My heart skipped a beat. Would I?! I could barely get out the words. "W-who would my audience be?"

    "Women," she assured me, then smiled. "Missionaries."

    Lord, the tenderness of Your mercy overwhelms me. You miss nothing. You care about everything. You answer our deepest longings, according to Your perfect will and perfect timing. You know our mission fields, Lord, far better than we do. Help us serve You, wherever You send us. In Jesus' Name, Amen.

    TRUTH FOR TODAY:
    1 Thessalonians 2:8b, "Because we loved you so much, we were delighted to share with you not only the gospel of God but our lives as well." (NIV)

    Ephesians 3:20-21, "Now to him who is able to do immeasurably more than all we ask or imagine, according to his power that is at work within us, to him be glory in the church and in Christ Jesus throughout all generations, for ever and ever! Amen." (NIV)

    REFLECT AND RESPOND:
    Liz was eager to share the gospel with the world because God's grace had changed her life. What compels you to tell others about Jesus?

    Might someone cross your path today who needs to hear the good news?

    © 2014 by Liz Curtis Higgs. All rights reserved.

    Proverbs 31 Ministries
    630 Team Rd., Suite 100
    Matthews, NC 28105
    www.Proverbs31.org

     


    This post was posted in Daily Devotion, Proverbs 31 and was tagged with Mark

  • Overriding Your To-Do List

    Posted on September 1, 2014 by Leah DiPascal

     

    Leah Dipascal

    But Jesus told him, 'Anyone who lets himself be distracted from the work I plan for him is not fit for the Kingdom of God.'" Luke 9:62 (TLB)

    I was a woman on a mission and nothing was going to stop me. Or, so I thought.

    With an over-ambitious mindset and a determined heart, I clutched my lengthy to-do list as if it were a sacred antidote for life.

    Having much to accomplish and only a few hours to spare, I whipped into a parking spot and made a mad dash towards the front doors of my local convenience store.

    On the way in, I noticed a group of people staring at something on the ground. Avoiding the distraction, I shifted my direction and headed towards another set of doors on the opposite side of the store. Then the unexpected happened.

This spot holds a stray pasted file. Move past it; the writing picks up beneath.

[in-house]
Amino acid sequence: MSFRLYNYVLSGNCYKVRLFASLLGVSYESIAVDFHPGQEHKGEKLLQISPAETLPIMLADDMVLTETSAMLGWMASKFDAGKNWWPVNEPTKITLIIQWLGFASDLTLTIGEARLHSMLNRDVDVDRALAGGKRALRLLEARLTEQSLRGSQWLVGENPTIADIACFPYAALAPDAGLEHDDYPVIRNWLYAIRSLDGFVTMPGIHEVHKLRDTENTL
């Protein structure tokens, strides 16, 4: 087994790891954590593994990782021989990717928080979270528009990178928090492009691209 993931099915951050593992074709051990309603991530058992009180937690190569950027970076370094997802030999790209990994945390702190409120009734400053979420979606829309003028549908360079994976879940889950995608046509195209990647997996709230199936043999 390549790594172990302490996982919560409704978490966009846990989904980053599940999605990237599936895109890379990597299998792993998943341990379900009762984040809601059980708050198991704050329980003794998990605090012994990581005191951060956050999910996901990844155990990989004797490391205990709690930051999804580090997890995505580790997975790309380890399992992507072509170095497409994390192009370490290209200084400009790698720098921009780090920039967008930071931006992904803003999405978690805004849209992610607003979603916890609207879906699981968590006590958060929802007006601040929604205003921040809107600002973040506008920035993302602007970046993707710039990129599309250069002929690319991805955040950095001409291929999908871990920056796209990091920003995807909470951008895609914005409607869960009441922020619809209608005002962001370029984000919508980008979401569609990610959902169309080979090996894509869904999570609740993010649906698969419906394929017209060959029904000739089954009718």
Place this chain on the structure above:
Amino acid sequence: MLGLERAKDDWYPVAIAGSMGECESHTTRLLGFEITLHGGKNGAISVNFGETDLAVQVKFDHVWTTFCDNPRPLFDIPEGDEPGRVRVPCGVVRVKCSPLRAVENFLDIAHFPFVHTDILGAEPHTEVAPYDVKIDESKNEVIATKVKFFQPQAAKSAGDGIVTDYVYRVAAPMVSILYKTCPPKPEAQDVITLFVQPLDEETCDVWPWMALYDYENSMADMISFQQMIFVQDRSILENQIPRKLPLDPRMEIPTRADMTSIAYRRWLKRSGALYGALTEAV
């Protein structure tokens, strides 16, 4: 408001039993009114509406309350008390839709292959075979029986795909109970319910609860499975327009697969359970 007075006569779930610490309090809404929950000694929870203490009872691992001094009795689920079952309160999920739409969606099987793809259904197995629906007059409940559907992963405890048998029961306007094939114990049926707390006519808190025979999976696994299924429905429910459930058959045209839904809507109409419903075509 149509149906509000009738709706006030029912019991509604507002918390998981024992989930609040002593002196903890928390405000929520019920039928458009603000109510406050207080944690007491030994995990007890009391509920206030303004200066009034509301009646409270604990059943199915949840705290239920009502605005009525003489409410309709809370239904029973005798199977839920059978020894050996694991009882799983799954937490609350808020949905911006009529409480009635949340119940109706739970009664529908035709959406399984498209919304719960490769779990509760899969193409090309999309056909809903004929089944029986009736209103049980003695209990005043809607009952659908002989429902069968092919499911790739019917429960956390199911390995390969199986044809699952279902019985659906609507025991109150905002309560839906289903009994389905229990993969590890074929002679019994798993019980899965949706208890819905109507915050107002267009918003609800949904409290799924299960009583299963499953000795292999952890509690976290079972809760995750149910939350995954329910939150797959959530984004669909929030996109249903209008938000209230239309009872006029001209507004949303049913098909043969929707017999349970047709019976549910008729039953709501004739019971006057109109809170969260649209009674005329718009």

A nudge. A knowing. A whisper in my heart: "Go over to the crowd."

    At first, I dismissed it as curiosity. A random thought that needed to be ignored. But then it dawned on me ... I wasn't curious at all. In fact, I was much more interested in getting in, getting out and going my own way.

    I'm not involved, so it's not my problem.

    Then I sensed the whisper again: "Leah, I want you to go over there."

    With a smile on my face and joy in my heart, I made a beeline for the crowd. NOT. Instead, it went something like this: Heavy sigh. Slow turn. Unsettled feelings.

    I recognized God's nudge, and I wanted to obey. Really, I did. But, another part of me just wanted to keep walking.

    This distraction is going to throw off my schedule and keep me from accomplishing what I need to get done today. It's probably nothing.

    Reluctantly making my way back across the parking lot, I approached the crowd and saw a man on the ground. A heavy concoction of sweat, alcohol fumes and stale smoke filled the air.

    Glancing at his tattered clothes and swollen feet, I noticed the scratches on his arms and face.

    His eyes were swollen shut, and he wasn't moving. The crowd stood silently staring at his body. I couldn't tell if he was breathing, but I could hear the faint sounds of an ambulance in the distance.

    Help was on its way, so I could now be on my way. Then the whisper came again: "Kneel down and pray for him."

    Seriously Lord ... kneel down? Here in the parking lot? Can't I just stand here and pray silently for him? All these people will think I'm a weirdo. Besides, help is coming.

    "Kneel down and pray for him."